Canadian Mayor Claims Anti-Lockdown Protests Are ‘Thinly Veiled White Nationalist Supremacist’ Activities

Anti Mask protestors march through the streets in Aylmer, Ontario, on November 7, 2020. - Over 1000 protestors marched through the streets the small town of 9000 people to demand an end to covid restrictions. (Photo by GEOFF ROBINS / AFP) (Photo by GEOFF ROBINS/AFP via Getty Images)
GEOFF ROBINS/AFP via Getty Images

Calgary mayor Naheed Nenshi has claimed that anti-mask and anti-lockdown protests in Canada during the pandemic are “thinly veiled white nationalist supremacist” activities and condemned demonstrators.

Nenshi, who became the first Muslim mayor of a major Canadian city in 2010, spoke out about the anti-lockdown rallies during a television interview over the weekend.

“Those people at those anti-mask protests, let’s not kid ourselves. They’re not people who [are protesting because they] need to eat. They are people who are marching in thinly veiled white nationalist supremacist anti-government protests,” he told Canadian broadcaster Global News.

Nenshi’s comments came as Calgary police arrested Polish-Canadian pastor Artur Pawlowski and his brother after he had held in-person church services, contrary to the Wuhan virus lockdown regulations in place in the province of Alberta.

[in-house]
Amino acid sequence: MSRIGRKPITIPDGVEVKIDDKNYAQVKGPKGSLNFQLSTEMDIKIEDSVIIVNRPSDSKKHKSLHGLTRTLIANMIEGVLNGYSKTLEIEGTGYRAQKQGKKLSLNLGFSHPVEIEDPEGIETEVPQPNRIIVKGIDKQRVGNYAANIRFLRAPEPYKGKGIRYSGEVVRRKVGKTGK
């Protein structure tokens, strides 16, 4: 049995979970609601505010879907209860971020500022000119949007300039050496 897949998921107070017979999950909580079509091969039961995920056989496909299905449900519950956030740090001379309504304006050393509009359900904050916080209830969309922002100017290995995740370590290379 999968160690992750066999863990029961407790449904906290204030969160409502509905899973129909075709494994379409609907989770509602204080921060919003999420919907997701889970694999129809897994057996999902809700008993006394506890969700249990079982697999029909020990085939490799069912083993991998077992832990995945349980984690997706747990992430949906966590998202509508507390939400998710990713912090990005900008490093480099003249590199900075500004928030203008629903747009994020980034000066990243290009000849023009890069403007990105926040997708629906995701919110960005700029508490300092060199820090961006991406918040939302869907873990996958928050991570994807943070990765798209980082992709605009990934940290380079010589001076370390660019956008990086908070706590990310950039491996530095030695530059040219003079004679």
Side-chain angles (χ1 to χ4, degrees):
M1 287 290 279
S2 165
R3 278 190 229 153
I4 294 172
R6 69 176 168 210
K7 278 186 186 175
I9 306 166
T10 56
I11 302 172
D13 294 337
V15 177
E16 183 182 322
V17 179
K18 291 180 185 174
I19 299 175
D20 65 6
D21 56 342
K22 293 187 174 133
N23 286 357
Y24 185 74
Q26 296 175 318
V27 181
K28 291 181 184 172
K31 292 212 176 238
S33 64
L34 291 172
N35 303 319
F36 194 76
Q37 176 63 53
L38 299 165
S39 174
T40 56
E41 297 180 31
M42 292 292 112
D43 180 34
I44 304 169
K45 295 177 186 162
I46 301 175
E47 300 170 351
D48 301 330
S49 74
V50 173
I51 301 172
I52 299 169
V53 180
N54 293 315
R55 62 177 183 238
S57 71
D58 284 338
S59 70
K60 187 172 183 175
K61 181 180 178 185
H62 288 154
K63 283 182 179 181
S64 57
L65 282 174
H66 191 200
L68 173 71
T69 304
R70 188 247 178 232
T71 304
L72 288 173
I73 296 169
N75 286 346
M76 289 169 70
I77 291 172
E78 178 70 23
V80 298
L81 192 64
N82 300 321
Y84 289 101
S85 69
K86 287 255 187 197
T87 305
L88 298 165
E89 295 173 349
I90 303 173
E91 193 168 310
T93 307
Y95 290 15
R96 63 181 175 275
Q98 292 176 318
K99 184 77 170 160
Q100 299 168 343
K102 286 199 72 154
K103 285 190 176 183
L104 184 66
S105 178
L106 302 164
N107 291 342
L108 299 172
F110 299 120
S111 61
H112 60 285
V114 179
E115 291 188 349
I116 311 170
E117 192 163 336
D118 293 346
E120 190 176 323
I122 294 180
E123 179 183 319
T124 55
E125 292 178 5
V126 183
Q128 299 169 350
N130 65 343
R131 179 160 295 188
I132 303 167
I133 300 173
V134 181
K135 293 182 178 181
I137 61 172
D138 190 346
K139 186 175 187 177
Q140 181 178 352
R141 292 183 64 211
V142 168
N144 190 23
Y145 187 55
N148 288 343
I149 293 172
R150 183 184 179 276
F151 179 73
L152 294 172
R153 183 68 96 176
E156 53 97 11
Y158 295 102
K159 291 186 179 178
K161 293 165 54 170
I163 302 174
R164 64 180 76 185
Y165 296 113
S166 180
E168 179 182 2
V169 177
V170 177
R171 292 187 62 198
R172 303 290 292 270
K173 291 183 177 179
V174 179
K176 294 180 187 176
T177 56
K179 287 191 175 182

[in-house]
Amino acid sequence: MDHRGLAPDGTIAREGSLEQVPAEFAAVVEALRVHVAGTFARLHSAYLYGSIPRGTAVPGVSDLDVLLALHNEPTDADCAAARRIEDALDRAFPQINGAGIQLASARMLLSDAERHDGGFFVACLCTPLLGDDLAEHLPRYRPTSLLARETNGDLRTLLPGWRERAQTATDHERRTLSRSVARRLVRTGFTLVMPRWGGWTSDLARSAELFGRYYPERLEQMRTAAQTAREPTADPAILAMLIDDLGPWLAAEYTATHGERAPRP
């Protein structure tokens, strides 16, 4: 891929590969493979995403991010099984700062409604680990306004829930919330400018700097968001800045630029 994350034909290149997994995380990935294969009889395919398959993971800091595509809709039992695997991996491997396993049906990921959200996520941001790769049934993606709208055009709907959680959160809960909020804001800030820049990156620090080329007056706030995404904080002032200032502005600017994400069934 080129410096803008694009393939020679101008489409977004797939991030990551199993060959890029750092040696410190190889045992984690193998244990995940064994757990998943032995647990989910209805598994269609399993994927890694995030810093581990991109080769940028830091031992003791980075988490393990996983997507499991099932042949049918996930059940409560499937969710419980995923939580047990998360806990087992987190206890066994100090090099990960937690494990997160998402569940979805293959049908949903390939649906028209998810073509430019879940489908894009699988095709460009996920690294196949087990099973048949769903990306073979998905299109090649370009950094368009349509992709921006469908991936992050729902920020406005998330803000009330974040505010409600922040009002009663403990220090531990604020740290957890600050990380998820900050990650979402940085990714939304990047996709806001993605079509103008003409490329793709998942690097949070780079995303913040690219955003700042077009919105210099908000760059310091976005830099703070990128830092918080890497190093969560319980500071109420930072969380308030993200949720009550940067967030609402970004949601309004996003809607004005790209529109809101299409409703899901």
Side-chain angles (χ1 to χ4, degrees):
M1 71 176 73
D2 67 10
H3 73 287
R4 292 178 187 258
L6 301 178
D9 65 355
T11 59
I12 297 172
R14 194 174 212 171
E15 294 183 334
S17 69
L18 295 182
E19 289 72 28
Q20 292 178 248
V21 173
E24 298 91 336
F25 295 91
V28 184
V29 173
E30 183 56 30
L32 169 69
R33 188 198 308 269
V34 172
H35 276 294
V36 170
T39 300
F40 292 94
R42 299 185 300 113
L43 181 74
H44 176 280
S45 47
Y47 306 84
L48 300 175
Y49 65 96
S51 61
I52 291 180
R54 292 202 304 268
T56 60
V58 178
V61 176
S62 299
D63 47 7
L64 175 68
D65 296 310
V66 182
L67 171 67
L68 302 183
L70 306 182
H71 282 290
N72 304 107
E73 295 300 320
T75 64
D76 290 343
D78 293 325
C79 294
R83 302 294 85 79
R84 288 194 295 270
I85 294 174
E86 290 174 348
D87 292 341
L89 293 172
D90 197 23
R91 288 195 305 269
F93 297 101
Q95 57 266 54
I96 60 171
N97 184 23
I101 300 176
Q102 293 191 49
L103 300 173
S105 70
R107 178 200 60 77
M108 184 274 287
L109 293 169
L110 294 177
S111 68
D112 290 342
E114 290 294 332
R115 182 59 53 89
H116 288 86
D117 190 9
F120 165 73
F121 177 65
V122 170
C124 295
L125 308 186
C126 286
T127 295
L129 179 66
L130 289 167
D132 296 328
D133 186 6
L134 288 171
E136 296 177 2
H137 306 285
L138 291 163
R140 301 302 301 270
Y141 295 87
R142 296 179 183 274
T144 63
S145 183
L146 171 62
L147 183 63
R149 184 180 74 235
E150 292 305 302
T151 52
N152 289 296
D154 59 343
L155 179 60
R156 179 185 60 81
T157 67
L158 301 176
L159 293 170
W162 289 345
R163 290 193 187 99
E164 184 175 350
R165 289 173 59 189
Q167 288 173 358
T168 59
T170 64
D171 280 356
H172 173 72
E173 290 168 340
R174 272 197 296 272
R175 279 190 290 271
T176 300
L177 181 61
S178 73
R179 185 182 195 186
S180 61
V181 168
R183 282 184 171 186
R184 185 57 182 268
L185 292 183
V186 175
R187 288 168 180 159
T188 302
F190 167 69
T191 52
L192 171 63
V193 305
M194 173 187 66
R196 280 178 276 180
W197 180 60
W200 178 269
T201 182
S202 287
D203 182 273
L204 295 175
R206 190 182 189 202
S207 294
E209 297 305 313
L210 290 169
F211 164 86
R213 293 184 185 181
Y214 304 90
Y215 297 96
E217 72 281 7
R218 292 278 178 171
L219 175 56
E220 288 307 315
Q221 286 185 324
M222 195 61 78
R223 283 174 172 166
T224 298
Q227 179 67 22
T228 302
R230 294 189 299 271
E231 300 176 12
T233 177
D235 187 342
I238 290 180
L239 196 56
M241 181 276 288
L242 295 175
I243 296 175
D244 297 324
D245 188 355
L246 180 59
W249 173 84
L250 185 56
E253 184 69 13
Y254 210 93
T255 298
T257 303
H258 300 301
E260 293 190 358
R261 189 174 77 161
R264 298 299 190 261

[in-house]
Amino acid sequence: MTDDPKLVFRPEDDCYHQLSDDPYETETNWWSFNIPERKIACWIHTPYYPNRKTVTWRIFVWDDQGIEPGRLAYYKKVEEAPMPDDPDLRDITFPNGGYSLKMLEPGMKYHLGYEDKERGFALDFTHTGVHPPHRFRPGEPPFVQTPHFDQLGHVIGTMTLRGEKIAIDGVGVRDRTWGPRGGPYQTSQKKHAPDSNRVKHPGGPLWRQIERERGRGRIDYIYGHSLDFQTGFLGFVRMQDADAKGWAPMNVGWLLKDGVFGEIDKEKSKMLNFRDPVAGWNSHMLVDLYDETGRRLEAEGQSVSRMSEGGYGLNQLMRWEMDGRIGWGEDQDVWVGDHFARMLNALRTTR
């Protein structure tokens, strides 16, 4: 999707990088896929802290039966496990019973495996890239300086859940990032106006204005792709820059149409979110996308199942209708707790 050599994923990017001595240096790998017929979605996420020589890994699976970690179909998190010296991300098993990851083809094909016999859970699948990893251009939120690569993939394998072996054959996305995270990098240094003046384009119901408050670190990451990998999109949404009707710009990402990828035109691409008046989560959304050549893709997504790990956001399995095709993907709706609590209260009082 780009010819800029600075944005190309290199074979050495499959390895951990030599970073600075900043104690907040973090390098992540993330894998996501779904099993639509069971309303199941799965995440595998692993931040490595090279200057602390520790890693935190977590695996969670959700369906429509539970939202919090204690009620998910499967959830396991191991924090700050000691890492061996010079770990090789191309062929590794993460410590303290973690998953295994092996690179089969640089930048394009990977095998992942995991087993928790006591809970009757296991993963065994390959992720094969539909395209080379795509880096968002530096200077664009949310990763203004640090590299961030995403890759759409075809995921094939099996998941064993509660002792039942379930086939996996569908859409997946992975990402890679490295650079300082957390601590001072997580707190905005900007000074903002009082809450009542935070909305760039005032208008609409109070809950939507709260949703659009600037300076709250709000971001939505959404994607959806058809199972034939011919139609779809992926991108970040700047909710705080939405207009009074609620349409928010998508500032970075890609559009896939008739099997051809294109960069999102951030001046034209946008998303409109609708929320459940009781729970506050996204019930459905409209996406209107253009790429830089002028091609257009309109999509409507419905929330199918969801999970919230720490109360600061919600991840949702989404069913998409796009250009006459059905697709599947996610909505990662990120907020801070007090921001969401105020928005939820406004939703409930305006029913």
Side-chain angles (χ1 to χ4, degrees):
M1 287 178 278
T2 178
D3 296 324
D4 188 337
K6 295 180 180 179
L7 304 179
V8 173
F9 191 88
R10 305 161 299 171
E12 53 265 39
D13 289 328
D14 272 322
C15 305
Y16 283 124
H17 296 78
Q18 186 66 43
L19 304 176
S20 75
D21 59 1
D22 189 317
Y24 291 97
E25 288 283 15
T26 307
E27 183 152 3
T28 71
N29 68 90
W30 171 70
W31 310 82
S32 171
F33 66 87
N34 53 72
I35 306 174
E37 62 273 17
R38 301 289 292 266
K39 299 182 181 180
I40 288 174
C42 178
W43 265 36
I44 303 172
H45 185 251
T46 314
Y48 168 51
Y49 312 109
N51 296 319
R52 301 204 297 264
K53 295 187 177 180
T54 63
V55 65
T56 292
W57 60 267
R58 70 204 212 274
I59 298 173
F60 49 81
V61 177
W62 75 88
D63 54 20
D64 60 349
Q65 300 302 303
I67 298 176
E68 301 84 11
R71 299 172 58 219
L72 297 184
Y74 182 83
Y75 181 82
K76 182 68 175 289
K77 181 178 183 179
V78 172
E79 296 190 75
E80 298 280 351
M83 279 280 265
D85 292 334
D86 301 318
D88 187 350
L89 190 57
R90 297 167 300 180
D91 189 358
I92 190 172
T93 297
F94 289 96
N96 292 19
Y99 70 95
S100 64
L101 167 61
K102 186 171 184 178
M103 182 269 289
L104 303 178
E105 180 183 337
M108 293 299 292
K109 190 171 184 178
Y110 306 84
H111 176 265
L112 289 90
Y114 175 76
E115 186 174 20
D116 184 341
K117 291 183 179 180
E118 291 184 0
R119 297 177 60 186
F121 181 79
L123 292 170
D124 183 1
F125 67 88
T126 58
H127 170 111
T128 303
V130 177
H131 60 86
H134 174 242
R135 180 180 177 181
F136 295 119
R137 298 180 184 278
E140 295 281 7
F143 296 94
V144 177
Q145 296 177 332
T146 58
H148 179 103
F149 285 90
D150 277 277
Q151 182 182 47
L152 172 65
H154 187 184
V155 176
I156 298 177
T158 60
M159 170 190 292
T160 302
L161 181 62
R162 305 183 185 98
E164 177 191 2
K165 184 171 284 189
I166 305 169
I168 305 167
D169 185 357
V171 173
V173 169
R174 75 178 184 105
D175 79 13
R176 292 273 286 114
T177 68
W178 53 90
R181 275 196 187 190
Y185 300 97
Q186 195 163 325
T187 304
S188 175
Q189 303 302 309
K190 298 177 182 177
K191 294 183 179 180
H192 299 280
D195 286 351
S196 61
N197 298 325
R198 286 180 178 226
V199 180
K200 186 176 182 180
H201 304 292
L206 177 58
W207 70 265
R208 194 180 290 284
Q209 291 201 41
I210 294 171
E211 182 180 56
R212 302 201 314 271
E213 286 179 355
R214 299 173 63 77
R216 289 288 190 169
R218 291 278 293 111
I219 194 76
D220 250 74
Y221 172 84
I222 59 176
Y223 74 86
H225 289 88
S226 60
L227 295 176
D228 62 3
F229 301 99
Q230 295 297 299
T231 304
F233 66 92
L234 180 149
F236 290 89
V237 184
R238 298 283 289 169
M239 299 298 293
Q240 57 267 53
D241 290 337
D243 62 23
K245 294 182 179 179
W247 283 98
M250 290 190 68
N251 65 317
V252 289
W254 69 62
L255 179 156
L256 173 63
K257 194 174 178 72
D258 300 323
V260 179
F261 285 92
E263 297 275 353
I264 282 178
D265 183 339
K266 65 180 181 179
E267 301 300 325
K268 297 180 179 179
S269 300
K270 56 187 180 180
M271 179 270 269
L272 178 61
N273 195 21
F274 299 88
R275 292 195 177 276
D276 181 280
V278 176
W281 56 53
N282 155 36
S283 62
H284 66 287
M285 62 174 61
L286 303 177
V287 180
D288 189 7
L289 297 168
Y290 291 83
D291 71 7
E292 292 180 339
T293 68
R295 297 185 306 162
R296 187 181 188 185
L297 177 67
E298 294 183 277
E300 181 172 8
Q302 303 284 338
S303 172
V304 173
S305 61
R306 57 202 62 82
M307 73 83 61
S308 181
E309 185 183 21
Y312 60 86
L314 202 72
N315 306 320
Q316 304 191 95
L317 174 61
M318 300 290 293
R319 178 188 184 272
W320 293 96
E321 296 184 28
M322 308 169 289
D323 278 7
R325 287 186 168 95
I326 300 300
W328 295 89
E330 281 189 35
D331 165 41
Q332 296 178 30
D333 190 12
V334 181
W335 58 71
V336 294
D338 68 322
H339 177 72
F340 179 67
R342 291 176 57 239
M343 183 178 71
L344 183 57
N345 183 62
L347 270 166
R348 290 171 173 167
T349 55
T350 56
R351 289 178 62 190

In April, a video of Pawlowski went viral across social media, showing him expelling police from his church after officers disrupted an Easter service and denouncing the officers as “Gestapo Nazi communist fascists”.

Pawlowski is not the first Christian pastor in Alberta to be arrested for violating the lockdown restrictions in recent months, with Pastor James Coates of GraceLife Church of Edmonton being arrested in February.

The trial for Pastor Coates began last week, with Coates arguing that the provincial lockdown restrictions are a violation of freedom of religion and freedom of assembly.

Far-left New Democrat leader Jagmeet Singh joined Nenshi in condemning anti-lockdown protests, telling reporters on Monday that he believed the demonstrations were linked to far-right extremism and saying: “To brazenly not follow public health guidelines puts people at risk and that is something that we’ve seen with extreme right-wing ideology.”

The Canadian Anti-Hate Network (CAHN), a group funded by the government of Canadian prime minister Justin Trudeau to the amount of $268,400 CA ($221,600 U.S./£156,600), has also linked the anti-lockdown protests to far-right extremism.

On Twitter, the group reacted to the detention of Pastor Pawlowski by claiming the arrest would be used to “grift” and raise money, alleging: “These people love being martyrs.”

Follow Chris Tomlinson on Twitter at @TomlinsonCJ or email at ctomlinson(at)


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